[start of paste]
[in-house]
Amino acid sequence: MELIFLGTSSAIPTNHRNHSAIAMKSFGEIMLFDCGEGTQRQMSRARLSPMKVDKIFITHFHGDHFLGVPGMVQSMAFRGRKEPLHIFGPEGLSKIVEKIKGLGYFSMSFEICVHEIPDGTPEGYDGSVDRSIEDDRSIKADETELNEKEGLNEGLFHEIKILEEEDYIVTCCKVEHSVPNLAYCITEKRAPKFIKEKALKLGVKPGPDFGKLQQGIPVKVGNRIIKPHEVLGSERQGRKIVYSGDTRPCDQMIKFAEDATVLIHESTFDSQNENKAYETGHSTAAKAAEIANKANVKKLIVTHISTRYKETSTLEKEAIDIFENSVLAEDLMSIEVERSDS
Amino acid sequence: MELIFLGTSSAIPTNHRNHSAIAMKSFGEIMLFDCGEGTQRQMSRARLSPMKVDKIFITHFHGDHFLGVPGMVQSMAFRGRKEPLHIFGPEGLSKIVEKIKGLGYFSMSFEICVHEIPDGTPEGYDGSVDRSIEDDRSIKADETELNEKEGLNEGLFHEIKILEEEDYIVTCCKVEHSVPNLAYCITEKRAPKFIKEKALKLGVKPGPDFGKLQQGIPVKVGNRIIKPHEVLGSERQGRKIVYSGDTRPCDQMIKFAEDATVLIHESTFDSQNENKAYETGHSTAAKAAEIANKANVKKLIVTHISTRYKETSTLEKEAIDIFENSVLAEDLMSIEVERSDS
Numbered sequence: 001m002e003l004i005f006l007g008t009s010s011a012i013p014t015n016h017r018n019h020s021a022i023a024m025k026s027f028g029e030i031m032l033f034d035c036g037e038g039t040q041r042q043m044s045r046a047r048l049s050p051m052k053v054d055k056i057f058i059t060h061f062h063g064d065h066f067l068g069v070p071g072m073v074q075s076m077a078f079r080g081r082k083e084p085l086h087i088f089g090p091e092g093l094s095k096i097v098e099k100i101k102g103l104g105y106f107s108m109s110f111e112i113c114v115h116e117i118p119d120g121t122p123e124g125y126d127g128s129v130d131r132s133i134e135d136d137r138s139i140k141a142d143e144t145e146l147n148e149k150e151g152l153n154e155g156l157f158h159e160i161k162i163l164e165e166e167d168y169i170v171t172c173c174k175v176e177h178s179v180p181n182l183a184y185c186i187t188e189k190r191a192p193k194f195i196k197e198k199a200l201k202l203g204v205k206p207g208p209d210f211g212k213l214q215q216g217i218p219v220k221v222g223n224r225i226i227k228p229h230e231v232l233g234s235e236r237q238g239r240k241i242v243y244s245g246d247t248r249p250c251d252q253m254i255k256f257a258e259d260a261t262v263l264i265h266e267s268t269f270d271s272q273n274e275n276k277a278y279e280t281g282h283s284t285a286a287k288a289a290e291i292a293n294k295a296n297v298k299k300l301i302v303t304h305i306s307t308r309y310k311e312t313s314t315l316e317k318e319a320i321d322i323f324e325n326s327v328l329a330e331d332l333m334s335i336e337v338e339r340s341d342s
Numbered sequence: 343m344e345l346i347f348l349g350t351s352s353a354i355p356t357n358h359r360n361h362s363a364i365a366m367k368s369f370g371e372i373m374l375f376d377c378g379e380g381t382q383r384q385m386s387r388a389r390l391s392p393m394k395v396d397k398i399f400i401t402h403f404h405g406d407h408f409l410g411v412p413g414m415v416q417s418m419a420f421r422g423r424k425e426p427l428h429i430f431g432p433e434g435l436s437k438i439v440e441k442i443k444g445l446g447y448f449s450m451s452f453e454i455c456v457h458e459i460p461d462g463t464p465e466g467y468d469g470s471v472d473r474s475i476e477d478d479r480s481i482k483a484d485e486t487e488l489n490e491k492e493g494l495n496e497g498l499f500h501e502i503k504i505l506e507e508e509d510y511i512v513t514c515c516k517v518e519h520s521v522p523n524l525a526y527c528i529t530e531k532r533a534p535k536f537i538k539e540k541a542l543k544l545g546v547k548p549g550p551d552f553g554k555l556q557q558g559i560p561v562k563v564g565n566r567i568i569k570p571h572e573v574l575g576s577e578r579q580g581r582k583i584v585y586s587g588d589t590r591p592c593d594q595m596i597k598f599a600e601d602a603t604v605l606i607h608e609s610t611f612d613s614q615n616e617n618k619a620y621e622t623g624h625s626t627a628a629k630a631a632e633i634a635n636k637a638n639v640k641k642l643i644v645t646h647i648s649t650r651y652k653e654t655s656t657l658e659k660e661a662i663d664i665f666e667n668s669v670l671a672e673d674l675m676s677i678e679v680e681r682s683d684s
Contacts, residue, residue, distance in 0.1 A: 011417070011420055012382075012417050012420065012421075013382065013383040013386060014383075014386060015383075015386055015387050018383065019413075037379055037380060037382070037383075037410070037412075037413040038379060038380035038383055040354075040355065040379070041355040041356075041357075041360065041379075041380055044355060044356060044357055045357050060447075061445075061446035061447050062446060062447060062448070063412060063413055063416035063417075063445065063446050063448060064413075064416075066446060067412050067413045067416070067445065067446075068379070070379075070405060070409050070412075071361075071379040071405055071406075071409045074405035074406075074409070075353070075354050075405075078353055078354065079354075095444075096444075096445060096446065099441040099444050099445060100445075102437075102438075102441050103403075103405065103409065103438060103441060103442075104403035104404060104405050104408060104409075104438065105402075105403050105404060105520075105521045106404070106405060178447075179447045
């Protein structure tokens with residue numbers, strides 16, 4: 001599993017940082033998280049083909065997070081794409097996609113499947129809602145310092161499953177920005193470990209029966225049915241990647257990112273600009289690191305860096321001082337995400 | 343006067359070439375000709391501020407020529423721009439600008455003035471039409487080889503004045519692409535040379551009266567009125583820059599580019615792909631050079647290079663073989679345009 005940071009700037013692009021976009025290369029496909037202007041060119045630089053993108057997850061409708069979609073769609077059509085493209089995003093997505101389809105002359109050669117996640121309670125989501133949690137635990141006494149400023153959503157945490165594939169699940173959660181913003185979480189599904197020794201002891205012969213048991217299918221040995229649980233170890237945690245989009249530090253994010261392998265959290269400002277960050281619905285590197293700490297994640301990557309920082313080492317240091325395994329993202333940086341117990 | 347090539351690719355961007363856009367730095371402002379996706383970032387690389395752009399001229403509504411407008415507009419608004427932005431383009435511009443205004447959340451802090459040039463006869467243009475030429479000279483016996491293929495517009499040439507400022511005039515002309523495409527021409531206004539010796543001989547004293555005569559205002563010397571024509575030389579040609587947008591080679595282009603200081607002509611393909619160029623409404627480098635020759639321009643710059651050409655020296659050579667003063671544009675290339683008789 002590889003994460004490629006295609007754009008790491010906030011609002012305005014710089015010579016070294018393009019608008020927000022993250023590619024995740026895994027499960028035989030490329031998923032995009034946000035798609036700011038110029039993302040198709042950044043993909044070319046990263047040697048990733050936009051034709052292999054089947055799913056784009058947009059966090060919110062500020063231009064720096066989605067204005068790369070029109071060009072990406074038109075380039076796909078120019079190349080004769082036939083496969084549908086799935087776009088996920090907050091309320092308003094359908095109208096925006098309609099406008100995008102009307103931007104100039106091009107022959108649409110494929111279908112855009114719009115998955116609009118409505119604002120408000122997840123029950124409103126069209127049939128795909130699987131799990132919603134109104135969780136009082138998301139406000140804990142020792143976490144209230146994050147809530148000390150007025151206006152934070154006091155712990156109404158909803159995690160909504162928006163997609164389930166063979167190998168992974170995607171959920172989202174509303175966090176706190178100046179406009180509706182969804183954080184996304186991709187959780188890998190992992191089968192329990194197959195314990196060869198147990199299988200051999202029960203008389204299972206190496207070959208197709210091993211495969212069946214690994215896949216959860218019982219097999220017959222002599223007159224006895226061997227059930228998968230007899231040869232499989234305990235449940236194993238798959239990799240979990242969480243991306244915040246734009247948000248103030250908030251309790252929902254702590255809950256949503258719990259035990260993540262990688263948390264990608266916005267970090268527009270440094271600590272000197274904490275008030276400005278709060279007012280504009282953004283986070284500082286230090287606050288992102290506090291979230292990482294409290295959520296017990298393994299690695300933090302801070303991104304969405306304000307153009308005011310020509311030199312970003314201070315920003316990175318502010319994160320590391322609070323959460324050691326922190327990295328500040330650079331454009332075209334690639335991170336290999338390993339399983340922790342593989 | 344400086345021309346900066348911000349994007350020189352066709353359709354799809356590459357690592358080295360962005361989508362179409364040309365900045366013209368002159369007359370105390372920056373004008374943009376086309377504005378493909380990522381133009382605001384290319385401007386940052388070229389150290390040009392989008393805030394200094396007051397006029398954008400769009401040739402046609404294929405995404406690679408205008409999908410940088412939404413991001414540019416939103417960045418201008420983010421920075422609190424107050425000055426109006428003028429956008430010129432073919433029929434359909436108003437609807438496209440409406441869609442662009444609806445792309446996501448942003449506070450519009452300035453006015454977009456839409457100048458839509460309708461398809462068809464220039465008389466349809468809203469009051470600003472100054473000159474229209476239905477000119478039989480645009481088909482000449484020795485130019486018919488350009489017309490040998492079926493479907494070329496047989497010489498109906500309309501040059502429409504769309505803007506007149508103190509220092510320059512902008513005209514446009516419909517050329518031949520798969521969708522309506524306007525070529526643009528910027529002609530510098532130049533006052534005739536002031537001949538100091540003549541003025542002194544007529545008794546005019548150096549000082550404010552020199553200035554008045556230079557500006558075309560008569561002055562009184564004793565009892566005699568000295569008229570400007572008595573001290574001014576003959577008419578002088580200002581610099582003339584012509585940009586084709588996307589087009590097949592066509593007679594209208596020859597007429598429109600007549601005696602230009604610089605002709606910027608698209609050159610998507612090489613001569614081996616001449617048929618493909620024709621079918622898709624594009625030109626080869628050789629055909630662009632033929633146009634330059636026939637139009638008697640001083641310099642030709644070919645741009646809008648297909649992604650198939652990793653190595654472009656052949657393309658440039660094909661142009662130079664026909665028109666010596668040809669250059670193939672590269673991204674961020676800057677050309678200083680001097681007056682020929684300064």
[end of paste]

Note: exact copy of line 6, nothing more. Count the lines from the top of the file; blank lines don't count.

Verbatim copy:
Contacts, residue, residue, distance in 0.1 A: 011417070011420055012382075012417050012420065012421075013382065013383040013386060014383075014386060015383075015386055015387050018383065019413075037379055037380060037382070037383075037410070037412075037413040038379060038380035038383055040354075040355065040379070041355040041356075041357075041360065041379075041380055044355060044356060044357055045357050060447075061445075061446035061447050062446060062447060062448070063412060063413055063416035063417075063445065063446050063448060064413075064416075066446060067412050067413045067416070067445065067446075068379070070379075070405060070409050070412075071361075071379040071405055071406075071409045074405035074406075074409070075353070075354050075405075078353055078354065079354075095444075096444075096445060096446065099441040099444050099445060100445075102437075102438075102441050103403075103405065103409065103438060103441060103442075104403035104404060104405050104408060104409075104438065105402075105403050105404060105520075105521045106404070106405060178447075179447045